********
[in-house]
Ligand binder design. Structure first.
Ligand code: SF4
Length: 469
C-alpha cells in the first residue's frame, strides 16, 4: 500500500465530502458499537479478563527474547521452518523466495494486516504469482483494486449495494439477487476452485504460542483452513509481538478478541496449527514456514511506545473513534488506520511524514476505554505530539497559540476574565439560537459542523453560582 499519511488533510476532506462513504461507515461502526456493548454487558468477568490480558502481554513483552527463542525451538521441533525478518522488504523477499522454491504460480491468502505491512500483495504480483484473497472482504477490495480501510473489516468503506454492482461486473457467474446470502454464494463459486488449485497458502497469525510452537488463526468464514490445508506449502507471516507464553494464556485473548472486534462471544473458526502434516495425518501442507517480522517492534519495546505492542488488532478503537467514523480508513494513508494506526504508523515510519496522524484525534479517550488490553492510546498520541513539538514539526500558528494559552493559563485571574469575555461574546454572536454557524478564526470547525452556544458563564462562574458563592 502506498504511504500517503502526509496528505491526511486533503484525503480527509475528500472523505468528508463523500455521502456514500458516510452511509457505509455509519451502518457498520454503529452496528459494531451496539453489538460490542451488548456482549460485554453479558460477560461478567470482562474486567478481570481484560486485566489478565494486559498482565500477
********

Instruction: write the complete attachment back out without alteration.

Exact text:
[in-house]
Ligand binder design. Structure first.
Ligand code: SF4
Length: 469
C-alpha cells in the first residue's frame, strides 16, 4: 500500500465530502458499537479478563527474547521452518523466495494486516504469482483494486449495494439477487476452485504460542483452513509481538478478541496449527514456514511506545473513534488506520511524514476505554505530539497559540476574565439560537459542523453560582 499519511488533510476532506462513504461507515461502526456493548454487558468477568490480558502481554513483552527463542525451538521441533525478518522488504523477499522454491504460480491468502505491512500483495504480483484473497472482504477490495480501510473489516468503506454492482461486473457467474446470502454464494463459486488449485497458502497469525510452537488463526468464514490445508506449502507471516507464553494464556485473548472486534462471544473458526502434516495425518501442507517480522517492534519495546505492542488488532478503537467514523480508513494513508494506526504508523515510519496522524484525534479517550488490553492510546498520541513539538514539526500558528494559552493559563485571574469575555461574546454572536454557524478564526470547525452556544458563564462562574458563592 502506498504511504500517503502526509496528505491526511486533503484525503480527509475528500472523505468528508463523500455521502456514500458516510452511509457505509455509519451502518457498520454503529452496528459494531451496539453489538460490542451488548456482549460485554453479558460477560461478567470482562474486567478481570481484560486485566489478565494486559498482565500477